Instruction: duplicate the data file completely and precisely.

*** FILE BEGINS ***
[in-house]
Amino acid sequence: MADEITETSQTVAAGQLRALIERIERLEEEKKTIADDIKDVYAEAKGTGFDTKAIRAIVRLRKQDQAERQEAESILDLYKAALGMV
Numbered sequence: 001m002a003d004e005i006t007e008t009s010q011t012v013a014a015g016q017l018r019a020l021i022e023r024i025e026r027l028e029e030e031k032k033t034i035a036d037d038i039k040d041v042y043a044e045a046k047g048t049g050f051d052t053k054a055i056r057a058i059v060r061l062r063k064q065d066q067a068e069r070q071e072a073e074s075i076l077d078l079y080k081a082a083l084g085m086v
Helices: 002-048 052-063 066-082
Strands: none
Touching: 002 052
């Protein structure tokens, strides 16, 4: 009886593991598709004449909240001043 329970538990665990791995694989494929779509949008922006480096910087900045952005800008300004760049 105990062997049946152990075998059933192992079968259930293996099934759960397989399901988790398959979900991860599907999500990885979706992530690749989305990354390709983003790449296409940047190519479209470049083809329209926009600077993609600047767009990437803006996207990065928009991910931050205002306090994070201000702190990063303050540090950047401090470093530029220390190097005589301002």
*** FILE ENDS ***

[in-house]
Amino acid sequence: MADEITETSQTVAAGQLRALIERIERLEEEKKTIADDIKDVYAEAKGTGFDTKAIRAIVRLRKQDQAERQEAESILDLYKAALGMV
Numbered sequence: 001m002a003d004e005i006t007e008t009s010q011t012v013a014a015g016q017l018r019a020l021i022e023r024i025e026r027l028e029e030e031k032k033t034i035a036d037d038i039k040d041v042y043a044e045a046k047g048t049g050f051d052t053k054a055i056r057a058i059v060r061l062r063k064q065d066q067a068e069r070q071e072a073e074s075i076l077d078l079y080k081a082a083l084g085m086v
Helices: 002-048 052-063 066-082
Strands: none
Touching: 002 052
């Protein structure tokens, strides 16, 4: 009886593991598709004449909240001043 329970538990665990791995694989494929779509949008922006480096910087900045952005800008300004760049 105990062997049946152990075998059933192992079968259930293996099934759960397989399901988790398959979900991860599907999500990885979706992530690749989305990354390709983003790449296409940047190519479209470049083809329209926009600077993609600047767009990437803006996207990065928009991910931050205002306090994070201000702190990063303050540090950047401090470093530029220390190097005589301002």